Hillary Clinton announced her opposition to a free-trade deal with South Korea this weekend, citing concerns over reciprocity and an imbalance in existing trade. Today, the Washington Post editorial board scolds her for short-sightedness, and wonders what kind of pandering to both labor and manufacturing we can expect from her as President:
THERE ARE pluses and minuses, it's often said, to having a former first lady running for president. On the debit side, for example, is the oligarchical aura of two families passing the presidency back and forth for 24 or possibly 28 consecutive years. On the positive side is the experience Sen. Hillary Rodham Clinton (D-N.Y.) gained during eight years in the White House, experience that ought to translate into a broader national perspective than a senator or governor can attain.
But has it? That's the question raised by Ms. Clinton's announcement over the weekend that she will oppose the free-trade agreement with South Korea -- and for the narrowest of special-interest reasons. It's hard to imagine an issue where the national and international benefits weigh so clearly and heavily on one side. Yet Ms. Clinton, sounding more auto salesman than statesman, has joined many of her Democratic colleagues in Congress in opting to jettison those benefits.
The United States and South Korea in April concluded 10 months of negotiations to sign what would be, if ratified, the most far-reaching trade agreement since the pact with Mexico and Canada that President Bill Clinton championed in 1993. It's a pact between the world's largest and 11th-largest economies that would benefit workers, farmers and companies on both sides. As a democracy with a strong trade union movement, South Korea doesn't pose the workers' rights challenges that vex unionists in agreements with poorer countries. This deal would open the Korean market to a wide array of U.S. agricultural, industrial and cultural products and services; in fact, the political risks in South Korea are far higher than here. And it would demonstrate U.S. commitment to a vital region at a time when China is steadily gaining ground.
Why does Clinton object to the deal? She objects to the fact that Koreans sell more cars in the US than the US does in Korea. Specifically, she says that the deal doesn't eliminate the "multitude of informal barriers" that keep American cars from selling widely in South Korea:
"Unless those barriers fall, American carmakers will face increased competition at home and won't get greater access to South Korea's market," she said. ...
"While I value the strong relationship the United States enjoys with South Korea, I believe that this agreement is inherently unfair," Clinton said at an event hosted by the AFL-CIO labor confederation in Detroit, home of the U.S. car industry.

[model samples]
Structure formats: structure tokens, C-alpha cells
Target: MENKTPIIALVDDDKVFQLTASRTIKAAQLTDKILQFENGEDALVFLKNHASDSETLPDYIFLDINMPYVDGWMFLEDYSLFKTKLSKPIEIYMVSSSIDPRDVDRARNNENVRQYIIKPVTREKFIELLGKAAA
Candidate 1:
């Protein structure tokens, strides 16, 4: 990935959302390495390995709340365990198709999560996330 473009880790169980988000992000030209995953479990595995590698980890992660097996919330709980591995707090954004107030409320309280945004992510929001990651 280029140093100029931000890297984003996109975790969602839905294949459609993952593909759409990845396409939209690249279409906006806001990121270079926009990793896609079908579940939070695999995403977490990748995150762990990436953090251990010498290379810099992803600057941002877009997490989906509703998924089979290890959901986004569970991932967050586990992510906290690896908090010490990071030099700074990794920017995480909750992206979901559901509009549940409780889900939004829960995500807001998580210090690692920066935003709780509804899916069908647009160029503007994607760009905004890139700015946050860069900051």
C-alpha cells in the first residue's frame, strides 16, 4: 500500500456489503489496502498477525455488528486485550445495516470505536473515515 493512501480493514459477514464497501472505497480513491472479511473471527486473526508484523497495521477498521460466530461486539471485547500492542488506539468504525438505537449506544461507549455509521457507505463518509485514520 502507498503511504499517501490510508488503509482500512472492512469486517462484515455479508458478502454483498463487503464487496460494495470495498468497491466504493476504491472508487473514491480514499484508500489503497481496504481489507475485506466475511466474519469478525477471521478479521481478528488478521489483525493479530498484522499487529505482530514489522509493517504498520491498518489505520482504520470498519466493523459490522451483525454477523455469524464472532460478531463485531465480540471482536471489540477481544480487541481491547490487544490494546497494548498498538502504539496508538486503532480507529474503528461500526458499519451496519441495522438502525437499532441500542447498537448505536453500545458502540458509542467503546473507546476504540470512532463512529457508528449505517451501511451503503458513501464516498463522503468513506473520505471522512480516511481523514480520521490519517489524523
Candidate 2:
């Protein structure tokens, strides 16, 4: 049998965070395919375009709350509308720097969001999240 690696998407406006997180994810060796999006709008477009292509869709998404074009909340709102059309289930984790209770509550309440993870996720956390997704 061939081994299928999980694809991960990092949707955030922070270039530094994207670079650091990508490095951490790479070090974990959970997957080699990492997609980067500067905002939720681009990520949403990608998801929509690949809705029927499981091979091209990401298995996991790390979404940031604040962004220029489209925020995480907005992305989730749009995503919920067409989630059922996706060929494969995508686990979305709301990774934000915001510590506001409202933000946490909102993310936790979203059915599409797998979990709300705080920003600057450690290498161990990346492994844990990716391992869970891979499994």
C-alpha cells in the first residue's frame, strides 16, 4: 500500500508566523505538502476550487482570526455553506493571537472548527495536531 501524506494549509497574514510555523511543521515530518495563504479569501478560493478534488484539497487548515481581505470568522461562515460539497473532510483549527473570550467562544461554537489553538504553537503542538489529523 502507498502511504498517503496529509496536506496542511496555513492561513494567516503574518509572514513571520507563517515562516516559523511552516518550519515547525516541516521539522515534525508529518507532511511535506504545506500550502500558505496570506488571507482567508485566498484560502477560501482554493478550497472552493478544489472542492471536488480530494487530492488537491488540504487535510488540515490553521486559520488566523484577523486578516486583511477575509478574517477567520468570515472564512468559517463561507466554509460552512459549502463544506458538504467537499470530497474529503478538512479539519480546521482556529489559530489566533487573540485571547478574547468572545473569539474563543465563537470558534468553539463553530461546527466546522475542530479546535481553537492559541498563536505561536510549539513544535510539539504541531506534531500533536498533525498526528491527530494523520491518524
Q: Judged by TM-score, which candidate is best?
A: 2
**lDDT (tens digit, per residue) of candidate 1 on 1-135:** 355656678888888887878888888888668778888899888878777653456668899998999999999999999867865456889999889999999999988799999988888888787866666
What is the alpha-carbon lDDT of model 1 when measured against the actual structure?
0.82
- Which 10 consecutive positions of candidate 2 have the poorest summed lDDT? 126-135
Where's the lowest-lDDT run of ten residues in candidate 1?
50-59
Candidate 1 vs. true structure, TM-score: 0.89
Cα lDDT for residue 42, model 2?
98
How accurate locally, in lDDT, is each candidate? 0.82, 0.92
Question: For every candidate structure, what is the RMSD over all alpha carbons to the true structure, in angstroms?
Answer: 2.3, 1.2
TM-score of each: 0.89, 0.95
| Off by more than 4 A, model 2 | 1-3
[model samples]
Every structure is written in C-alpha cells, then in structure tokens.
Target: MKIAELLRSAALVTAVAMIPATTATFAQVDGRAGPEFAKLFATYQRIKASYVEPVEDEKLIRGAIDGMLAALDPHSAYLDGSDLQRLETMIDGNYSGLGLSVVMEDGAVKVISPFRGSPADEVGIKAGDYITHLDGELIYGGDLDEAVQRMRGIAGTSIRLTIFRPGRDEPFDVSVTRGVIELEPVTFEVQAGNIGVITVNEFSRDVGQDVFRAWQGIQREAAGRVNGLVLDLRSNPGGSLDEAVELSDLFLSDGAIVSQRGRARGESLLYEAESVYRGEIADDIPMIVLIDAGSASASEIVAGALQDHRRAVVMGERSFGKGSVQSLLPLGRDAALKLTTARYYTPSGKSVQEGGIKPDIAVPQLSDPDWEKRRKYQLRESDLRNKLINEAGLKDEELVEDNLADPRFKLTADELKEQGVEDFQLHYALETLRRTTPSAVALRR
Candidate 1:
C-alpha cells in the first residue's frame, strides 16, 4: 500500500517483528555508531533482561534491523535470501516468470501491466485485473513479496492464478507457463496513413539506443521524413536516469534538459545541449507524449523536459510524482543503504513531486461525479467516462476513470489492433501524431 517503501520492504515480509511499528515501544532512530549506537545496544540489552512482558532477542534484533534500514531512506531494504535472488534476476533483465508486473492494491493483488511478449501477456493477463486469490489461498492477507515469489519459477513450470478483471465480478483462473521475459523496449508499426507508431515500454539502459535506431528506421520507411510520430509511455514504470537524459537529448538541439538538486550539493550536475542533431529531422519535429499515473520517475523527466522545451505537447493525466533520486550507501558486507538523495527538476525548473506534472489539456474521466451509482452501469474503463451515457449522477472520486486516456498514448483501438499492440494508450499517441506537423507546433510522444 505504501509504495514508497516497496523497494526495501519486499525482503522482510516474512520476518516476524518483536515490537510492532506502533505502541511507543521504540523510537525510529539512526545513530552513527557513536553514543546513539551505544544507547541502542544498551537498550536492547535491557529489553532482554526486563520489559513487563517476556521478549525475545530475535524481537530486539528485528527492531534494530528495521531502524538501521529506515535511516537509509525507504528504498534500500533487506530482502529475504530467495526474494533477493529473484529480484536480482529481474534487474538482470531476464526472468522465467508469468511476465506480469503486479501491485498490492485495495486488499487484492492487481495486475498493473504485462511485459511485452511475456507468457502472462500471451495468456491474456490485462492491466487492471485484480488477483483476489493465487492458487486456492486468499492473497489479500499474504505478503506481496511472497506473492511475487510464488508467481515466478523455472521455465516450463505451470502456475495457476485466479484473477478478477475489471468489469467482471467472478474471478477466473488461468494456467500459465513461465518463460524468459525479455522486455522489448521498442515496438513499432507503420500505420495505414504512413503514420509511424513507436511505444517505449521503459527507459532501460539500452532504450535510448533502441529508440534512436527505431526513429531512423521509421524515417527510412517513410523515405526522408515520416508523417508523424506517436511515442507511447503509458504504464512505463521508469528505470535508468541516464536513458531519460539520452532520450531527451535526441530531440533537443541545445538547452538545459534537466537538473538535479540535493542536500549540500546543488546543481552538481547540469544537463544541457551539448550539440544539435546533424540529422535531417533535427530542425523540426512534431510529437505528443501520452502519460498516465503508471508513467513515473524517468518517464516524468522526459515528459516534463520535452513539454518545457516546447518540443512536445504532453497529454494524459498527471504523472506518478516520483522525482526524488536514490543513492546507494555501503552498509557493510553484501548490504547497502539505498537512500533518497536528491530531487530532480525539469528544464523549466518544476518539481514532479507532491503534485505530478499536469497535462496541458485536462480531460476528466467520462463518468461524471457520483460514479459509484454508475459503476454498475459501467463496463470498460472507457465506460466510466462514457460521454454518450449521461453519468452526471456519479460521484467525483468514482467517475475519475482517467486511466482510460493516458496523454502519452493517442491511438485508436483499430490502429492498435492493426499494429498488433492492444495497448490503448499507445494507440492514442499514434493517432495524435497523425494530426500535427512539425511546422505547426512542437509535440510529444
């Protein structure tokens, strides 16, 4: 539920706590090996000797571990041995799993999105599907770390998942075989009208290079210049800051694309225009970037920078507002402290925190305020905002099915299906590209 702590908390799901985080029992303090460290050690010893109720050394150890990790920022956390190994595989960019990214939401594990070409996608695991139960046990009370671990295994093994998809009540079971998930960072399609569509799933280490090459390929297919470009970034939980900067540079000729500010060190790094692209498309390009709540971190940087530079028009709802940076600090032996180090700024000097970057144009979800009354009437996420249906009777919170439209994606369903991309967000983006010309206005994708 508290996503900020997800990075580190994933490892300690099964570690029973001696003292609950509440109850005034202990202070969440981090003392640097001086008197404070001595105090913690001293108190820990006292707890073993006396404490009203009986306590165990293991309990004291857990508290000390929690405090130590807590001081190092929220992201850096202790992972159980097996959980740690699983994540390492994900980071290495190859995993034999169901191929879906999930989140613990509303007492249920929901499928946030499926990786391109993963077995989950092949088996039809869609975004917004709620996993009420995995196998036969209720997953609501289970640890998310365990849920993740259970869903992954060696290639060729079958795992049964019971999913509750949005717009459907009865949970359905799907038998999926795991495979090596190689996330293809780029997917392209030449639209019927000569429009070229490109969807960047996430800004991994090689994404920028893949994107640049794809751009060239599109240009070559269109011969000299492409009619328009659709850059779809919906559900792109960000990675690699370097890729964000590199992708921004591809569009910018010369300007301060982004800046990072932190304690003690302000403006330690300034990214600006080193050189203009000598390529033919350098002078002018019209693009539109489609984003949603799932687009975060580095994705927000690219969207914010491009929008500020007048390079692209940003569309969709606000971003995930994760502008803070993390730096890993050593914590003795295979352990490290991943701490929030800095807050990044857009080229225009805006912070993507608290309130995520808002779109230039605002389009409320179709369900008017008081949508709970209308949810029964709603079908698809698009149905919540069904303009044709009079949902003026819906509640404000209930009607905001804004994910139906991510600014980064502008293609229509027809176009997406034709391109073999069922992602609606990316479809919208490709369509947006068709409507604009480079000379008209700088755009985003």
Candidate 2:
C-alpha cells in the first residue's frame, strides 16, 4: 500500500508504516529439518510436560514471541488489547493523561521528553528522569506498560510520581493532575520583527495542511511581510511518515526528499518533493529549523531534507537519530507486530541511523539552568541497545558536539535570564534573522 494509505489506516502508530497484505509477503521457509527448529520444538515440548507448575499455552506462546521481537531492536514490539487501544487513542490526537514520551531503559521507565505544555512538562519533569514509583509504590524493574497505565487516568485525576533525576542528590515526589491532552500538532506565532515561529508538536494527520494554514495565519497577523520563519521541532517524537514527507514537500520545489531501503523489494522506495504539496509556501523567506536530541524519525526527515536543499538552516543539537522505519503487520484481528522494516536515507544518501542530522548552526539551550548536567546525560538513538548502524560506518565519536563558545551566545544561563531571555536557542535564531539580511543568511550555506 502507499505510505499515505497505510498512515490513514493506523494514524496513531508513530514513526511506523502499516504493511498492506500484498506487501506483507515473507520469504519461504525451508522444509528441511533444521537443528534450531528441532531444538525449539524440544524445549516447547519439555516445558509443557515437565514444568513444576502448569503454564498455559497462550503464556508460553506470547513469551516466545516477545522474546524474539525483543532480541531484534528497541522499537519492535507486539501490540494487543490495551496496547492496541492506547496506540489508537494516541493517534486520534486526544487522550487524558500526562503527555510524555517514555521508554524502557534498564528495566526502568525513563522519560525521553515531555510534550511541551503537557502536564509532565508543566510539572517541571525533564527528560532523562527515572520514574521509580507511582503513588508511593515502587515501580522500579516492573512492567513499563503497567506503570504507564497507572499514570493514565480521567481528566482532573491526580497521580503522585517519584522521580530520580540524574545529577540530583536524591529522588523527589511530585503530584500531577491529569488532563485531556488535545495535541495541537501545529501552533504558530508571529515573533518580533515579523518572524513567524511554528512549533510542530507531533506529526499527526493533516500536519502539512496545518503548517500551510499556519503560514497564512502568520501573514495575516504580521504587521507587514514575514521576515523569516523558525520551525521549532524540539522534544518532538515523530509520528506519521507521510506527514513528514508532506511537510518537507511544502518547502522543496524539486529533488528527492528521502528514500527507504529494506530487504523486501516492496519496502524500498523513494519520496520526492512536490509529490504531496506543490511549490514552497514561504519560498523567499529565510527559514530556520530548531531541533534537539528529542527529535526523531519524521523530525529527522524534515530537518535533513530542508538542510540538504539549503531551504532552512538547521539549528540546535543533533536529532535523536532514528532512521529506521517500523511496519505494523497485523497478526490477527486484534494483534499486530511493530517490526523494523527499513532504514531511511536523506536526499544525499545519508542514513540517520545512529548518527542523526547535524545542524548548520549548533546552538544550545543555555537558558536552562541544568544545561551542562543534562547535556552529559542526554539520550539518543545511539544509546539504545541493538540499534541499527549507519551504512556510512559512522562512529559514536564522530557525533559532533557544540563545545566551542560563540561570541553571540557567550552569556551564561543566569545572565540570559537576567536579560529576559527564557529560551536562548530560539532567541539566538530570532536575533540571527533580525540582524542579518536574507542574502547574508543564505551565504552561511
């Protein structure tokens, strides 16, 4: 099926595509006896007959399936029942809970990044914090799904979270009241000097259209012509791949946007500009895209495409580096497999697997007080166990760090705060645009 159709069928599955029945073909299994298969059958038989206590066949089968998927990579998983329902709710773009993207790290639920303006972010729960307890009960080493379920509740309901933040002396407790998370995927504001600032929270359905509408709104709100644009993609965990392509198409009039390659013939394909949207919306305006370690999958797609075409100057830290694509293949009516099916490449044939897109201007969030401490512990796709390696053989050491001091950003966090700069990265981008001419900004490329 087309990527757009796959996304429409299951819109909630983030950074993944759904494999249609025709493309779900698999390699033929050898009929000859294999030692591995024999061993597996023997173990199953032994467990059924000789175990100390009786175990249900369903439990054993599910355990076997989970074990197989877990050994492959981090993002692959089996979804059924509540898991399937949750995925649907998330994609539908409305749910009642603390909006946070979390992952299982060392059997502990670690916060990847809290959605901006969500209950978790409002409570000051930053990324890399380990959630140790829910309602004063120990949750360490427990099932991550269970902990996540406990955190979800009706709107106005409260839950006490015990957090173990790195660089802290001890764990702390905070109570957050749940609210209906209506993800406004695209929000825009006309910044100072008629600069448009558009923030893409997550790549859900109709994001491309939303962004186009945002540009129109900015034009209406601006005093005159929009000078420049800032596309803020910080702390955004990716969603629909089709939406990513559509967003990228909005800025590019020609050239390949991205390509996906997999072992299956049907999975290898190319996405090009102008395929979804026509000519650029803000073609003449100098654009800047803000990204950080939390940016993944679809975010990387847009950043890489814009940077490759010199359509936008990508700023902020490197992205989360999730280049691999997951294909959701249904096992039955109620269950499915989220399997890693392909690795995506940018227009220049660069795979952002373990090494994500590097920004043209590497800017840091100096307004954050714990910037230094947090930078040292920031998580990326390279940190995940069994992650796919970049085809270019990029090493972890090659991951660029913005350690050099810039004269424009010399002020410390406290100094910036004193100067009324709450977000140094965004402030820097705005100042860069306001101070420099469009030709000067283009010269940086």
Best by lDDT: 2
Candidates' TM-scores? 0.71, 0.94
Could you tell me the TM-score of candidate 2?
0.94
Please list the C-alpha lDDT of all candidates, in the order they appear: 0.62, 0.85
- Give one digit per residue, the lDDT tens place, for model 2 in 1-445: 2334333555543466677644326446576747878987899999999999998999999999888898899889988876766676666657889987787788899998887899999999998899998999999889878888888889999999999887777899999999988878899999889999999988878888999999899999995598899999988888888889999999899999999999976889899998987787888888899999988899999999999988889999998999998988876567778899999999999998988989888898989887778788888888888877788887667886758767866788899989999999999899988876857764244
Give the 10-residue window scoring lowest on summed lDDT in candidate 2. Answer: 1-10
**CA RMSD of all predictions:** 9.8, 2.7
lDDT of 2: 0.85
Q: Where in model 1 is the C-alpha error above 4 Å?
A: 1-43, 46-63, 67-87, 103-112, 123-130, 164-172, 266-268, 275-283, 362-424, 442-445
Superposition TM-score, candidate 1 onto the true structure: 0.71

What informal barriers? The trade agreement forces Seoul to remove discriminatory tariffs and taxes on cars. As the Post points out, it gives us the right to end the deal if they don't keep their word. Is she complaining because South Koreans have a cultural tendency to buy vehicles made in South Korea -- sort of like the American labor movement's old Al Gore lullaby, "Look for the Union Label"? (Yes, I know Gore was joking, and so am I.)
This is what we can expect from a Democratic administration: protectionism and trade battles. John Edwards has already announced his opposition, and Barack Obama says he will study the agreement for a while before announcing a decision. The economic expansion that globalization has brought to the US and the world will founder on the shoals of a Democratic executive, especially if supported by a Democratic Congress. No trade will be free or fair enough, and we will fall back on inflationary and destructive applications of tariffs to fight trade wars with nations who should be our partners.
Worse, this insistence on imposing American labor restrictions on other nations will keep them from competing and developing their own industrial base. Besides the cultural arrogance that demands an American-style relationship between labor and management, that policy would price developing nations out of the manufacturing market -- which is what the unions want. That would leave other nations in poverty, without much hope of capital infusions necessary to lift their standards of living.
We need to ensure fairness in trade, but we need to ensure that trade continues to exist in a free-market environment. We cannot demand that South Koreans buy American; we can only present our goods without interference and let the consumers decide. The South Korean government has agreed to change what's in their control, and it's a good deal for everyone. If Hillary can't see that, then perhaps she needs to stay in the Senate.